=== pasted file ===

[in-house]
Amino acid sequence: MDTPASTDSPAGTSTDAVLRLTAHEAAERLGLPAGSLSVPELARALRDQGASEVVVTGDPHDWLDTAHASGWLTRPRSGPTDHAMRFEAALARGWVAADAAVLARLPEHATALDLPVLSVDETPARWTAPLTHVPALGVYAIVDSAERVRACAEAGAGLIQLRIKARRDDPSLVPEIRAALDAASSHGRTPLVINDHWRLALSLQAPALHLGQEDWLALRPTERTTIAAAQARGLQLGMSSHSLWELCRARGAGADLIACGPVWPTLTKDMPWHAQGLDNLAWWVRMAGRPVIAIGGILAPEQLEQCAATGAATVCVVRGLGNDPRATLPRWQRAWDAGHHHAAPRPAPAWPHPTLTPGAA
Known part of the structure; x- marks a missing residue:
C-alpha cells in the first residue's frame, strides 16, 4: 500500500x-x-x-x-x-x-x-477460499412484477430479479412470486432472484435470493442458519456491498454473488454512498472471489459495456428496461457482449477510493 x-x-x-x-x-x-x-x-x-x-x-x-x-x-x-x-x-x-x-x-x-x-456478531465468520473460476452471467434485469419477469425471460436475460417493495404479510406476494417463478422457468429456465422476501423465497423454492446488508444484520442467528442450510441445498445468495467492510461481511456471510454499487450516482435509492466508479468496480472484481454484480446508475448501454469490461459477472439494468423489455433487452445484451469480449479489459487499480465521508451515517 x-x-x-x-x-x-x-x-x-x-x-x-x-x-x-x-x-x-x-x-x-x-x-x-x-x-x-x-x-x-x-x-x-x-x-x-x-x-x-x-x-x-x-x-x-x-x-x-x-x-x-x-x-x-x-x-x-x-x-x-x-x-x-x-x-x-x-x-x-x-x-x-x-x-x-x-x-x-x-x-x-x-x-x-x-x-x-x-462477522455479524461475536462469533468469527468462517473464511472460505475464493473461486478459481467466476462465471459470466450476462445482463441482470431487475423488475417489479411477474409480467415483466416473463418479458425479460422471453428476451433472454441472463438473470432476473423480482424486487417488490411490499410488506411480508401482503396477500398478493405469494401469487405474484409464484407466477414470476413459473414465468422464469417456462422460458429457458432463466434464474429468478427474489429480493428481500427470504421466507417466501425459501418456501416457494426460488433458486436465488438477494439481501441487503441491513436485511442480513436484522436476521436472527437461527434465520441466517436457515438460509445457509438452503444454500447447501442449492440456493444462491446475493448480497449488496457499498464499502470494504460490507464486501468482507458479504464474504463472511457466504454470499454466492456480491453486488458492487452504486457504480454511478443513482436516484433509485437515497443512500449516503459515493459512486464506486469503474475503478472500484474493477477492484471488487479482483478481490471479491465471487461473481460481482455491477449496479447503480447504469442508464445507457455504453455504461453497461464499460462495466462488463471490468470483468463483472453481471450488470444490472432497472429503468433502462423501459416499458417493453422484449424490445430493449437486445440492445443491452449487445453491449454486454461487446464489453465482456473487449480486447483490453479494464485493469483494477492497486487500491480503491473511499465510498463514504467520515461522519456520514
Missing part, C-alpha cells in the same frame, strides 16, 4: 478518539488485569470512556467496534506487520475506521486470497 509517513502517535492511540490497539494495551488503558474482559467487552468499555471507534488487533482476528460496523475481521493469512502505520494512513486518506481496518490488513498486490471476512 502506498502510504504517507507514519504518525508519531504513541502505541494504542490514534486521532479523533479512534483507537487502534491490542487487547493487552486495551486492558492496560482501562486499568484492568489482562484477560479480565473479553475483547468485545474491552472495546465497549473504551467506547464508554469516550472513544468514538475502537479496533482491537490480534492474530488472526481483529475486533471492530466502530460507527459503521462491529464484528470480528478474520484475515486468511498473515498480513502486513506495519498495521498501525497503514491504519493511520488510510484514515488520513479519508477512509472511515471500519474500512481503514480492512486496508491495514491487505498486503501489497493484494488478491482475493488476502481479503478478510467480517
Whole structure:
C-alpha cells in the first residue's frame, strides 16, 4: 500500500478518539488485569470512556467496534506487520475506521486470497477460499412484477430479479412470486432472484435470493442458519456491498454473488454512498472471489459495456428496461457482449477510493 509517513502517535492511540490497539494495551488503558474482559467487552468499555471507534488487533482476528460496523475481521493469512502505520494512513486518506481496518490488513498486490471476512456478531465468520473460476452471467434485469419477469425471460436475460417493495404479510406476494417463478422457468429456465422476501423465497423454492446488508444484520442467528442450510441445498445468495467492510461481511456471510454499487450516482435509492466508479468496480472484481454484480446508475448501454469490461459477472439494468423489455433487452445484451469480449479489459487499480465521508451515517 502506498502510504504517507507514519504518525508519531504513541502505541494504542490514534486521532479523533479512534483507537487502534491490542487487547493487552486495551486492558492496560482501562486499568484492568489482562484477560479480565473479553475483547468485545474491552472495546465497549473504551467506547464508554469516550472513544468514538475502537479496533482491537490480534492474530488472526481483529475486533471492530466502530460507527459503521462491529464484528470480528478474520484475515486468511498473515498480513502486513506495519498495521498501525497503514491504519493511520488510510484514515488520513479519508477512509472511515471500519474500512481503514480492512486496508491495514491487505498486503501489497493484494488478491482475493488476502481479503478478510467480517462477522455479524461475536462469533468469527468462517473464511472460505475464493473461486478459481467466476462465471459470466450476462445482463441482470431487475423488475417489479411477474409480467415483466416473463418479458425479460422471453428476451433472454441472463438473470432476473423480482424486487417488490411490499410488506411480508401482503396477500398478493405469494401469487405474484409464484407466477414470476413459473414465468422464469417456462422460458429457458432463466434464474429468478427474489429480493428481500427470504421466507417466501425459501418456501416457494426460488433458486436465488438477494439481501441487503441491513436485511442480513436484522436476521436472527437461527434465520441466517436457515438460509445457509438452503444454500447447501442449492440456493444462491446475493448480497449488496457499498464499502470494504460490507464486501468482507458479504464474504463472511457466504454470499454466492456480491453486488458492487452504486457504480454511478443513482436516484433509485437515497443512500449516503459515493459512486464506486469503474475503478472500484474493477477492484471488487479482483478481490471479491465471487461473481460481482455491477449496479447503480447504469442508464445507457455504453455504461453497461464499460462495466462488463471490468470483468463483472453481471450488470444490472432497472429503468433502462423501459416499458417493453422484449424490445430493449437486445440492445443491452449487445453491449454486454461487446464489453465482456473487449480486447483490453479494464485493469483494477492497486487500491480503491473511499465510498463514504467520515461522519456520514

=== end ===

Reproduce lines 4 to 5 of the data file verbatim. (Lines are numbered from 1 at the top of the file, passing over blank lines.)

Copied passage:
C-alpha cells in the first residue's frame, strides 16, 4: 500500500x-x-x-x-x-x-x-477460499412484477430479479412470486432472484435470493442458519456491498454473488454512498472471489459495456428496461457482449477510493 x-x-x-x-x-x-x-x-x-x-x-x-x-x-x-x-x-x-x-x-x-x-456478531465468520473460476452471467434485469419477469425471460436475460417493495404479510406476494417463478422457468429456465422476501423465497423454492446488508444484520442467528442450510441445498445468495467492510461481511456471510454499487450516482435509492466508479468496480472484481454484480446508475448501454469490461459477472439494468423489455433487452445484451469480449479489459487499480465521508451515517 x-x-x-x-x-x-x-x-x-x-x-x-x-x-x-x-x-x-x-x-x-x-x-x-x-x-x-x-x-x-x-x-x-x-x-x-x-x-x-x-x-x-x-x-x-x-x-x-x-x-x-x-x-x-x-x-x-x-x-x-x-x-x-x-x-x-x-x-x-x-x-x-x-x-x-x-x-x-x-x-x-x-x-x-x-x-x-x-462477522455479524461475536462469533468469527468462517473464511472460505475464493473461486478459481467466476462465471459470466450476462445482463441482470431487475423488475417489479411477474409480467415483466416473463418479458425479460422471453428476451433472454441472463438473470432476473423480482424486487417488490411490499410488506411480508401482503396477500398478493405469494401469487405474484409464484407466477414470476413459473414465468422464469417456462422460458429457458432463466434464474429468478427474489429480493428481500427470504421466507417466501425459501418456501416457494426460488433458486436465488438477494439481501441487503441491513436485511442480513436484522436476521436472527437461527434465520441466517436457515438460509445457509438452503444454500447447501442449492440456493444462491446475493448480497449488496457499498464499502470494504460490507464486501468482507458479504464474504463472511457466504454470499454466492456480491453486488458492487452504486457504480454511478443513482436516484433509485437515497443512500449516503459515493459512486464506486469503474475503478472500484474493477477492484471488487479482483478481490471479491465471487461473481460481482455491477449496479447503480447504469442508464445507457455504453455504461453497461464499460462495466462488463471490468470483468463483472453481471450488470444490472432497472429503468433502462423501459416499458417493453422484449424490445430493449437486445440492445443491452449487445453491449454486454461487446464489453465482456473487449480486447483490453479494464485493469483494477492497486487500491480503491473511499465510498463514504467520515461522519456520514
Missing part, C-alpha cells in the same frame, strides 16, 4: 478518539488485569470512556467496534506487520475506521486470497 509517513502517535492511540490497539494495551488503558474482559467487552468499555471507534488487533482476528460496523475481521493469512502505520494512513486518506481496518490488513498486490471476512 502506498502510504504517507507514519504518525508519531504513541502505541494504542490514534486521532479523533479512534483507537487502534491490542487487547493487552486495551486492558492496560482501562486499568484492568489482562484477560479480565473479553475483547468485545474491552472495546465497549473504551467506547464508554469516550472513544468514538475502537479496533482491537490480534492474530488472526481483529475486533471492530466502530460507527459503521462491529464484528470480528478474520484475515486468511498473515498480513502486513506495519498495521498501525497503514491504519493511520488510510484514515488520513479519508477512509472511515471500519474500512481503514480492512486496508491495514491487505498486503501489497493484494488478491482475493488476502481479503478478510467480517